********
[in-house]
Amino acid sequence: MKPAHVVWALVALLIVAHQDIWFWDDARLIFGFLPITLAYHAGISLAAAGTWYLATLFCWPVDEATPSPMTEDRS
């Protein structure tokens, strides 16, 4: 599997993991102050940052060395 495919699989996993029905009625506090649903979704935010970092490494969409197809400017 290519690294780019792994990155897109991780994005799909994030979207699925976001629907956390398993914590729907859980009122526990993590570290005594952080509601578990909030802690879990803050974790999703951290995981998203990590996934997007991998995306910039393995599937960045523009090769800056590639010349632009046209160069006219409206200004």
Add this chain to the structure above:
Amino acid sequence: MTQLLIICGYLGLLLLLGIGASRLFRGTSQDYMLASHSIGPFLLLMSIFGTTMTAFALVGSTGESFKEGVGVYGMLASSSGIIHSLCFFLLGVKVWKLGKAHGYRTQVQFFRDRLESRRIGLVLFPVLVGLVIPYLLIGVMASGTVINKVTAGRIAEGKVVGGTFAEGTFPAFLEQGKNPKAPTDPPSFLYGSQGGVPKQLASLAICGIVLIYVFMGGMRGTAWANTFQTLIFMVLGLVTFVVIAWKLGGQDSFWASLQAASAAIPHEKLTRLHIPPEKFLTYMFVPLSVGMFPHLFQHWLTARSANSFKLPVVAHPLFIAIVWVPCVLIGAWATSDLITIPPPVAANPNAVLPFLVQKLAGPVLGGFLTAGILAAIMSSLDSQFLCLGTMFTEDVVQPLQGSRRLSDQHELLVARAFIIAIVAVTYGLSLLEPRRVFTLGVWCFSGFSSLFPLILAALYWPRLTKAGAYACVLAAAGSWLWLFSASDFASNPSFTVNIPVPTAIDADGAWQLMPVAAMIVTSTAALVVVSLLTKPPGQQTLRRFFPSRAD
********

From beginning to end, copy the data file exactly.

[in-house]
Amino acid sequence: MKPAHVVWALVALLIVAHQDIWFWDDARLIFGFLPITLAYHAGISLAAAGTWYLATLFCWPVDEATPSPMTEDRS
């Protein structure tokens, strides 16, 4: 599997993991102050940052060395 495919699989996993029905009625506090649903979704935010970092490494969409197809400017 290519690294780019792994990155897109991780994005799909994030979207699925976001629907956390398993914590729907859980009122526990993590570290005594952080509601578990909030802690879990803050974790999703951290995981998203990590996934997007991998995306910039393995599937960045523009090769800056590639010349632009046209160069006219409206200004």
Add this chain to the structure above:
Amino acid sequence: MTQLLIICGYLGLLLLLGIGASRLFRGTSQDYMLASHSIGPFLLLMSIFGTTMTAFALVGSTGESFKEGVGVYGMLASSSGIIHSLCFFLLGVKVWKLGKAHGYRTQVQFFRDRLESRRIGLVLFPVLVGLVIPYLLIGVMASGTVINKVTAGRIAEGKVVGGTFAEGTFPAFLEQGKNPKAPTDPPSFLYGSQGGVPKQLASLAICGIVLIYVFMGGMRGTAWANTFQTLIFMVLGLVTFVVIAWKLGGQDSFWASLQAASAAIPHEKLTRLHIPPEKFLTYMFVPLSVGMFPHLFQHWLTARSANSFKLPVVAHPLFIAIVWVPCVLIGAWATSDLITIPPPVAANPNAVLPFLVQKLAGPVLGGFLTAGILAAIMSSLDSQFLCLGTMFTEDVVQPLQGSRRLSDQHELLVARAFIIAIVAVTYGLSLLEPRRVFTLGVWCFSGFSSLFPLILAALYWPRLTKAGAYACVLAAAGSWLWLFSASDFASNPSFTVNIPVPTAIDADGAWQLMPVAAMIVTSTAALVVVSLLTKPPGQQTLRRFFPSRAD